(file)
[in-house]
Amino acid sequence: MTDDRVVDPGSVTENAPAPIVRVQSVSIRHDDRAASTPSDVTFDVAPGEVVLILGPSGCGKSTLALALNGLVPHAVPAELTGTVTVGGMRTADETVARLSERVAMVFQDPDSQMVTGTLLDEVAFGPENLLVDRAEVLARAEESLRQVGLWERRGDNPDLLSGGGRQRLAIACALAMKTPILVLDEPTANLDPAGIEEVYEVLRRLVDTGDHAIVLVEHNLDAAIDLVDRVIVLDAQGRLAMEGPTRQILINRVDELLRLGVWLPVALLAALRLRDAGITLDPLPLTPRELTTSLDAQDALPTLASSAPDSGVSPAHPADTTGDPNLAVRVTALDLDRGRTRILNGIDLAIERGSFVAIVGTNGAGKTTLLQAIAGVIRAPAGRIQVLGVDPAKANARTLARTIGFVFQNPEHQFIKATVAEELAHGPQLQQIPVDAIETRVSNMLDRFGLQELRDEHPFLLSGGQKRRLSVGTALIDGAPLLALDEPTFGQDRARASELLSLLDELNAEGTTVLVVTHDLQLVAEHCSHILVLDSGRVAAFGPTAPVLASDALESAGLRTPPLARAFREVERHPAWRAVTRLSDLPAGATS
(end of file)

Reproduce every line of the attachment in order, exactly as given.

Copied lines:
[in-house]
Amino acid sequence: MTDDRVVDPGSVTENAPAPIVRVQSVSIRHDDRAASTPSDVTFDVAPGEVVLILGPSGCGKSTLALALNGLVPHAVPAELTGTVTVGGMRTADETVARLSERVAMVFQDPDSQMVTGTLLDEVAFGPENLLVDRAEVLARAEESLRQVGLWERRGDNPDLLSGGGRQRLAIACALAMKTPILVLDEPTANLDPAGIEEVYEVLRRLVDTGDHAIVLVEHNLDAAIDLVDRVIVLDAQGRLAMEGPTRQILINRVDELLRLGVWLPVALLAALRLRDAGITLDPLPLTPRELTTSLDAQDALPTLASSAPDSGVSPAHPADTTGDPNLAVRVTALDLDRGRTRILNGIDLAIERGSFVAIVGTNGAGKTTLLQAIAGVIRAPAGRIQVLGVDPAKANARTLARTIGFVFQNPEHQFIKATVAEELAHGPQLQQIPVDAIETRVSNMLDRFGLQELRDEHPFLLSGGQKRRLSVGTALIDGAPLLALDEPTFGQDRARASELLSLLDELNAEGTTVLVVTHDLQLVAEHCSHILVLDSGRVAAFGPTAPVLASDALESAGLRTPPLARAFREVERHPAWRAVTRLSDLPAGATS